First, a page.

Blog Overview

Virtual Reality: the future is in high quality content

Author: Nilson Kufus, Zurich
"There is no high quality content available for VR devices." Nilson Kufus, CEO nomoko AG
"There is no high quality content available for VR devices." Nilson Kufus, CEO nomoko AG

Did you like this article? Please share it.



While many still believe that VR (virtual reality) and AR (augmented reality) are limited to consumer-level solutions and entertainment applications, these technologies are steadily making their way further into business-to-business applications.

VR and AR can deliver value in many sectors, from design, engineering and architecture all the way to healthcare, says PwC in its recently published Technology Forecast Report. The report names five ways businesses could benefit: shorter time to market, reduced production design risk, increased agility and flexibility, talent development & training, as well as new business models. The study is a very accurate representation of the state of VR/AR for B2B, says Nilson Kufus from nomoko AG, a high tech company based at PARK INNOVAARE. All of the examples are logical and «straight forward» applications. The critical question will be if companies manage to generate enough high quality content for the devices.

By Nilson Kufus, nomoko AG

Despite excessive coverage of VR in the media, specifically the noise around display technologies for VR and AR (HTC Vive, Oculus Rift, Google Cardboard, etc.), the fact that high quality content to be displayed on such devices isn’t available yet is often overshadowed. However, any future success of VR and AR will depend on it. This remains a challenge, as it is still impossible to create realistic 3D content quickly and at affordable cost.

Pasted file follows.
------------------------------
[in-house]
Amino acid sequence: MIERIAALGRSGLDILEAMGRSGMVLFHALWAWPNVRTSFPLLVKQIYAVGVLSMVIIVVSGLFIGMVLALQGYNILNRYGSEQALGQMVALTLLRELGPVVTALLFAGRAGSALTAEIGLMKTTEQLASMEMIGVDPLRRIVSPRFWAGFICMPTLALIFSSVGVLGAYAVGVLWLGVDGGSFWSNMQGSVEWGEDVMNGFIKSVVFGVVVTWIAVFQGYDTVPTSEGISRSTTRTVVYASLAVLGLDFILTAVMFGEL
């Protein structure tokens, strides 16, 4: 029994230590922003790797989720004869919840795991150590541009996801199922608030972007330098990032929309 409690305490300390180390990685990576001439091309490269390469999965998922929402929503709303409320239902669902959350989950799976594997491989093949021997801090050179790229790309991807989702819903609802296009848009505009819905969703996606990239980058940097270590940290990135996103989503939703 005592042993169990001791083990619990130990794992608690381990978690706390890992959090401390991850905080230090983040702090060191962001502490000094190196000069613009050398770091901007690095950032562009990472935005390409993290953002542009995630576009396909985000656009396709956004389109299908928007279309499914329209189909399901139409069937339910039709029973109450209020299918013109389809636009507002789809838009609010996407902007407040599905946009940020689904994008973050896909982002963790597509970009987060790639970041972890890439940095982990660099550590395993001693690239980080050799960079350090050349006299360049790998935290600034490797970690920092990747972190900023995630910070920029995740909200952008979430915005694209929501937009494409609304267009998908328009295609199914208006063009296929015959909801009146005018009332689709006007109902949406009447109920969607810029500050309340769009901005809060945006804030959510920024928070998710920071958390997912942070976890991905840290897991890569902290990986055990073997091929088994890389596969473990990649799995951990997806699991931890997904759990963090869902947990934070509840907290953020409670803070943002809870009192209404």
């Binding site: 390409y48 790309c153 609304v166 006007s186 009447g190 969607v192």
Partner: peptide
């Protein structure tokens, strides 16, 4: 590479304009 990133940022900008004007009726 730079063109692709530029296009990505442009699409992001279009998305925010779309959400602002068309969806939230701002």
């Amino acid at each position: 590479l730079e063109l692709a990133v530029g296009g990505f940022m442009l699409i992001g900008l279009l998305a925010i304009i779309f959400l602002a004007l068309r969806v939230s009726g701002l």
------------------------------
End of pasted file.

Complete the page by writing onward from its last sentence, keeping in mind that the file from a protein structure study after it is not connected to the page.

The adoption of VR and AR, next to the necessity of having the right content, will depend on the actual technology adopters. The industries that could potentially use these two technologies can be divided into two categories: those industries already working with 3D datasets (e.g. design, entertainment, engineering, architecture, etc.) and those that aren’t.

The following development will be likely: the first group will adopt the technology quickly, as the benefits are at the same time obvious and implementable. This will represent an incremental innovation in terms of ease of adoption, but also a disruptive one in terms of impact on their overall workflow. For those industries not yet working with 3D, the vision of how to use the new technological possibilities is not yet clear. As a consequence, a lot of still unthought-of opportunities will arise (and with them risk, because the market entry will be complex and added value will need to be proven in every single case). But along that path, real breakthrough types of innovation may be expected.

It is absolutely certain that AR as an industry will be big, very big. For VR, the question will be whether it might be the next big thing or the next big failure in the visual industries. From a technological perspective, implementing AR in B2B applications is more challenging and may take longer to trickle down to the broad market and succeed. There is a good chance that VR, in the meantime, will create true killer applications and immediately build a totally new market of its own.

At nomoko, we are currently working on this challenge and have found a solution by creating the first ever compact 2-gigapixel camera. Using photogrammetry, we turn 2D-images into photorealistic 3D-models, in a fully automated, fast and easy-to-use process. As such, our 3D models will be unrecognizable from reality, making them the most detailed and accurate models ever made. This is how we will clear the way for cutting-edge application in the VR sector.